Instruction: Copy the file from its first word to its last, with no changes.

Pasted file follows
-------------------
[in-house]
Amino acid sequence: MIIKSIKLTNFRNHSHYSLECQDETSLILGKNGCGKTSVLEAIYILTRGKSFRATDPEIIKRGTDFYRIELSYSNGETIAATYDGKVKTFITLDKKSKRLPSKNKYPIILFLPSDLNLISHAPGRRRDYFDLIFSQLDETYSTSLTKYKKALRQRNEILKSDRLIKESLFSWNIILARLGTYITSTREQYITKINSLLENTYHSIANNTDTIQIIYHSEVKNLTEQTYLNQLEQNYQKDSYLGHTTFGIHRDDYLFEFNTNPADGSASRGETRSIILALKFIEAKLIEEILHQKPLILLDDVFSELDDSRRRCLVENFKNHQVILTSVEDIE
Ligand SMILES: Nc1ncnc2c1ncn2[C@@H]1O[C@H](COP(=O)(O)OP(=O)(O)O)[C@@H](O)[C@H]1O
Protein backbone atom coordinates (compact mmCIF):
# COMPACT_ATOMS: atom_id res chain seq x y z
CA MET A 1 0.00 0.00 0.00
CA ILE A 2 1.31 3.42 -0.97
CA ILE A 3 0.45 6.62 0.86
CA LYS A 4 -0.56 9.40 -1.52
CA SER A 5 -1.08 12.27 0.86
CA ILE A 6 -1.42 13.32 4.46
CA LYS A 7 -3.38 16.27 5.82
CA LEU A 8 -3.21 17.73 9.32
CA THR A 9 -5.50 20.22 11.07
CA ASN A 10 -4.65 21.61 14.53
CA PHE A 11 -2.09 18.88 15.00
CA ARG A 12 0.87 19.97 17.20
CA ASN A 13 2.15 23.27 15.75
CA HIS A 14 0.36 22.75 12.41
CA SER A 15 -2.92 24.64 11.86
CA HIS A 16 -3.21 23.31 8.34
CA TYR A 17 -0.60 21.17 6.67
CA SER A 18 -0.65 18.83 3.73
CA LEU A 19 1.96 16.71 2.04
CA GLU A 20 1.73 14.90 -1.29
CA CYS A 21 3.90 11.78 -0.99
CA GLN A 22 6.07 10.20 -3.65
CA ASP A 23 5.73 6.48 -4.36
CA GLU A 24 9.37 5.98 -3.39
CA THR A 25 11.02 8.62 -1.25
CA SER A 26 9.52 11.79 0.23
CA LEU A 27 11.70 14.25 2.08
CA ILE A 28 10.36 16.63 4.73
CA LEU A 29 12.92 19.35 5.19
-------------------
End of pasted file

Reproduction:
[in-house]
Amino acid sequence: MIIKSIKLTNFRNHSHYSLECQDETSLILGKNGCGKTSVLEAIYILTRGKSFRATDPEIIKRGTDFYRIELSYSNGETIAATYDGKVKTFITLDKKSKRLPSKNKYPIILFLPSDLNLISHAPGRRRDYFDLIFSQLDETYSTSLTKYKKALRQRNEILKSDRLIKESLFSWNIILARLGTYITSTREQYITKINSLLENTYHSIANNTDTIQIIYHSEVKNLTEQTYLNQLEQNYQKDSYLGHTTFGIHRDDYLFEFNTNPADGSASRGETRSIILALKFIEAKLIEEILHQKPLILLDDVFSELDDSRRRCLVENFKNHQVILTSVEDIE
Ligand SMILES: Nc1ncnc2c1ncn2[C@@H]1O[C@H](COP(=O)(O)OP(=O)(O)O)[C@@H](O)[C@H]1O
Protein backbone atom coordinates (compact mmCIF):
# COMPACT_ATOMS: atom_id res chain seq x y z
CA MET A 1 0.00 0.00 0.00
CA ILE A 2 1.31 3.42 -0.97
CA ILE A 3 0.45 6.62 0.86
CA LYS A 4 -0.56 9.40 -1.52
CA SER A 5 -1.08 12.27 0.86
CA ILE A 6 -1.42 13.32 4.46
CA LYS A 7 -3.38 16.27 5.82
CA LEU A 8 -3.21 17.73 9.32
CA THR A 9 -5.50 20.22 11.07
CA ASN A 10 -4.65 21.61 14.53
CA PHE A 11 -2.09 18.88 15.00
CA ARG A 12 0.87 19.97 17.20
CA ASN A 13 2.15 23.27 15.75
CA HIS A 14 0.36 22.75 12.41
CA SER A 15 -2.92 24.64 11.86
CA HIS A 16 -3.21 23.31 8.34
CA TYR A 17 -0.60 21.17 6.67
CA SER A 18 -0.65 18.83 3.73
CA LEU A 19 1.96 16.71 2.04
CA GLU A 20 1.73 14.90 -1.29
CA CYS A 21 3.90 11.78 -0.99
CA GLN A 22 6.07 10.20 -3.65
CA ASP A 23 5.73 6.48 -4.36
CA GLU A 24 9.37 5.98 -3.39
CA THR A 25 11.02 8.62 -1.25
CA SER A 26 9.52 11.79 0.23
CA LEU A 27 11.70 14.25 2.08
CA ILE A 28 10.36 16.63 4.73
CA LEU A 29 12.92 19.35 5.19